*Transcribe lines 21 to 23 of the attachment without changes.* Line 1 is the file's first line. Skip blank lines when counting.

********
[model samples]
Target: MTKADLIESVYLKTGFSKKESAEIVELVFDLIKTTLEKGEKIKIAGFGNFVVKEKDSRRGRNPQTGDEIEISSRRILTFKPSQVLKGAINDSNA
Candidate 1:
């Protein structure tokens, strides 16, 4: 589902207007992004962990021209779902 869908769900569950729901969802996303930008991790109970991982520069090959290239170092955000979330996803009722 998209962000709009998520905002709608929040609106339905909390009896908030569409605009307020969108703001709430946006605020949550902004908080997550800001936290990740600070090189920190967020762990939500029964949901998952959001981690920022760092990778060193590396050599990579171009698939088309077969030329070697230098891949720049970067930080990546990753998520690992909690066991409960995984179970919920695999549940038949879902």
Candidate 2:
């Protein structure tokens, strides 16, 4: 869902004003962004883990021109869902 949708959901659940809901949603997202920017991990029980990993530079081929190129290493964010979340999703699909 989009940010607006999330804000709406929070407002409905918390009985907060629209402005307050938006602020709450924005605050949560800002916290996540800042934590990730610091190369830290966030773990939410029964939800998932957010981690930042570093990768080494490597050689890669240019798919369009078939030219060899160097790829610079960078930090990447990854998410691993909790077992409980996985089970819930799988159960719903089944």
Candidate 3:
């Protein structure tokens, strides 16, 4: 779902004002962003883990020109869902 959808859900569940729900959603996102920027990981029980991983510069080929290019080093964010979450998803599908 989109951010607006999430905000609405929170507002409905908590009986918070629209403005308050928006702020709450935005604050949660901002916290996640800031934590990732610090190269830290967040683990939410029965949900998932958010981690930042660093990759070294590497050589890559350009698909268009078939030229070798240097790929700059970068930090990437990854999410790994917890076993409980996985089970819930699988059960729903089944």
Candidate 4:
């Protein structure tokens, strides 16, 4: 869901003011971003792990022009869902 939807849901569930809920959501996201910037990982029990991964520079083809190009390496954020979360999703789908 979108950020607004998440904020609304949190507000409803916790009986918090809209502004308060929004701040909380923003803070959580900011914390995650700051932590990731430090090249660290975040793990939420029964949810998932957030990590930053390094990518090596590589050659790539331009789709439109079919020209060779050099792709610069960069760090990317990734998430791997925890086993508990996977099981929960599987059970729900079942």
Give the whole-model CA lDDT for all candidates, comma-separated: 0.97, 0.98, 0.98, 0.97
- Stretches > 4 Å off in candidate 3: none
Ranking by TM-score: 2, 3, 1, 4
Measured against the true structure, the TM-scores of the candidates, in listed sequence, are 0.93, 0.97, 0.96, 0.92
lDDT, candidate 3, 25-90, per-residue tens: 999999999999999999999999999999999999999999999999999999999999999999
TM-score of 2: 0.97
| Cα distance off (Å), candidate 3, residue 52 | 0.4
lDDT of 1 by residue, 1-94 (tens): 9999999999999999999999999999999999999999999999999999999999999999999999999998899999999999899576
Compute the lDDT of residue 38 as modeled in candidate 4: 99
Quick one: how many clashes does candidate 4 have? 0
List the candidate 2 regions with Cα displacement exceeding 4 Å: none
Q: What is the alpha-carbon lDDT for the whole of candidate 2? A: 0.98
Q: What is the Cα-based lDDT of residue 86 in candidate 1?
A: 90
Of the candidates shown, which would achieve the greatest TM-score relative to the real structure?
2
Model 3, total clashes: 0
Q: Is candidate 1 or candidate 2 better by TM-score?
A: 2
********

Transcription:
List the candidate 2 regions with Cα displacement exceeding 4 Å: none
Q: What is the alpha-carbon lDDT for the whole of candidate 2? A: 0.98
Q: What is the Cα-based lDDT of residue 86 in candidate 1?